Whichever direction I rotate my pedals, the wheel rotates. And when I move the wheel, same thing. How do I fix it?

Here is a clip:

This is the model: http://www.halfords.com/webapp/wcs/stores/servlet/product_storeId_10001_catalogId_10151_productId_786803_langId_-1_categoryId_165499

  • 2
    Would you consider editing your question to add some text to describe the problem you're experiencing? The video is a little unclear, so a few extra words might be helpful.
    – amcnabb
    Commented Apr 15, 2013 at 20:40
  • Or just consolidate it with your other question about the chain slipping as the two problems seem to be related.
    – Johnny
    Commented Apr 15, 2013 at 22:50

2 Answers 2


This bike definitely has a derailleur and is not intended to operate as a fixie (i.e. something is definitely broken.)

A normally functioning multi-speed bicycle has a mechanism that allows it to pedal forward and coast (freewheel) when standing on the pedals. Many older or cheaper bicycles have a "freewheel" which accomplishes this. Other bicycles have a freewheel integrated into the hub body, a "freehub." They're essentially the same mechanism - a ratchet with a few pawls.

In all likelihood, the pawls inside of the freehub or inside of the freewheel have seized or have come apart. Procure a can of penetrating oil and spray the seam where the cogs and the hub meet (i.e. where it is supposed to rotate. I've included a photo with arrows indicating where to spray. Be careful not to get oil on your rims or brake pads.)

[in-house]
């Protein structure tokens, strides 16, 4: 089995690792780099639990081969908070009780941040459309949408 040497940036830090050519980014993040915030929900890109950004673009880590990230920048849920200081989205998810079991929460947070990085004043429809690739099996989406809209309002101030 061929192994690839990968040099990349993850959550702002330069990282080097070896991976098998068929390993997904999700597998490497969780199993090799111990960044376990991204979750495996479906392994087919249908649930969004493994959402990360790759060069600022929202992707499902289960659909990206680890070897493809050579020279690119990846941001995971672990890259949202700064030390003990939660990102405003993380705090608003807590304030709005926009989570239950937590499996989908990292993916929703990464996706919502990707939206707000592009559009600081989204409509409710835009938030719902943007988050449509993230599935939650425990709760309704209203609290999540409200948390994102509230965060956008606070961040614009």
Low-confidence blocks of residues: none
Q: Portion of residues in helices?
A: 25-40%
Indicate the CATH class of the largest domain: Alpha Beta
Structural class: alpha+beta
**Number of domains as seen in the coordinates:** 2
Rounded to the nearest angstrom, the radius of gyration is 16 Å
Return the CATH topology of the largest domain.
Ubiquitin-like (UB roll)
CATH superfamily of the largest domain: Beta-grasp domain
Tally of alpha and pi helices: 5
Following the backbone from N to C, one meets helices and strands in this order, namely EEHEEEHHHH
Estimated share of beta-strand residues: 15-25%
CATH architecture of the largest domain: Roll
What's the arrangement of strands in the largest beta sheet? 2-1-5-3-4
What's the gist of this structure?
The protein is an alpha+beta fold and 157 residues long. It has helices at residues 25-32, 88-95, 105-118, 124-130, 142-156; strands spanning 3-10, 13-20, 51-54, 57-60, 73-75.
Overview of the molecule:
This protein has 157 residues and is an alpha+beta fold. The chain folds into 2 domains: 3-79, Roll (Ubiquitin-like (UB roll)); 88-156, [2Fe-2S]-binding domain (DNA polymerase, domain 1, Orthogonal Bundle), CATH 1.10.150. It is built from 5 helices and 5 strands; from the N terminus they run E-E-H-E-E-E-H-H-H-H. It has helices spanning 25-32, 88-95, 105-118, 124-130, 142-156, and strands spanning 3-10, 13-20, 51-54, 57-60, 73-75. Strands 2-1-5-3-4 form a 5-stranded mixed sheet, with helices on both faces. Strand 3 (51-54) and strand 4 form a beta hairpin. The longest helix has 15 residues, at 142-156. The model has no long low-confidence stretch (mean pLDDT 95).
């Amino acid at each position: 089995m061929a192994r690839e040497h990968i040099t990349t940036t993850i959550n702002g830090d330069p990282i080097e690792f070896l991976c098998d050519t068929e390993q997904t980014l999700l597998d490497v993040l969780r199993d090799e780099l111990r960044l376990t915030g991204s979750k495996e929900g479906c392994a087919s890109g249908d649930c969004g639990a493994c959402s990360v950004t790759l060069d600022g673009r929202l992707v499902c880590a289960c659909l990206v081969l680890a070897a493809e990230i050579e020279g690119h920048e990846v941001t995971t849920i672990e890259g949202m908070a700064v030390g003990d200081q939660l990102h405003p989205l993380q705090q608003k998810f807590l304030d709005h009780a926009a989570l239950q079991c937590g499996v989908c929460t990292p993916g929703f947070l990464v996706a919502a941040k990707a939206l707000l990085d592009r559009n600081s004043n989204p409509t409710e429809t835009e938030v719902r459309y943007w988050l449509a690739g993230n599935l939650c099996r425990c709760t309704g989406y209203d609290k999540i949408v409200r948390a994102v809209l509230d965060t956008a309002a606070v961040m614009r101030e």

If this doesn't loosen it up, you'll need to either replace the freewheel or overhaul/replace your rear hub.

Cassette and Freewheel

  • This is as close as I can get without additional information or better quality video.
    – WTHarper
    Commented Apr 15, 2013 at 21:17
  • @Carnotaurus The other video you posted is indicative of this problem. The derailleur is being pulled taut because the hub isn't freewheeling. If you were to ride this as it is, the derailleur would likely be torn off when you stopped pedaling.
    – WTHarper
    Commented Apr 15, 2013 at 21:28
  • 1
    I'm impressed that you can see a derailleur in that blurry video--I can't see anything.
    – amcnabb
    Commented Apr 15, 2013 at 22:56
  • The angle that the chain heads out, but it is barely there. @Carnotaurus also posted a second related question regarding the same bike and you can see the drivetrain much better.
    – WTHarper
    Commented Apr 16, 2013 at 0:15
  • Ok, I have a can of degreaser. So, I am going to try exactly this after work.
    – Phil Helix
    Commented Apr 16, 2013 at 4:44

If you flip the bike upside down (as you have done), then "pedal" in the "right" direction (as if you were trying to make the bike move forward), then let go of the pedal, the pedal should stay stationary (or maybe drift around slowly) and the chain should remain relatively straight and taut. If, when you let go, the pedal keeps moving pretty much at full speed or the chain bunches up, then the freehub/freewheel is not "free".

If that is the case, the first thing to check is for any sort of trash (leaves, string, etc) caught between the large rear sprocket and the hub. If you find nothing then the rear wheel needs to be serviced.

Since your mechanical ability is apparently quite limited, I'd suggest you take the bike to a shop, rather than attempt to fix it yourself.

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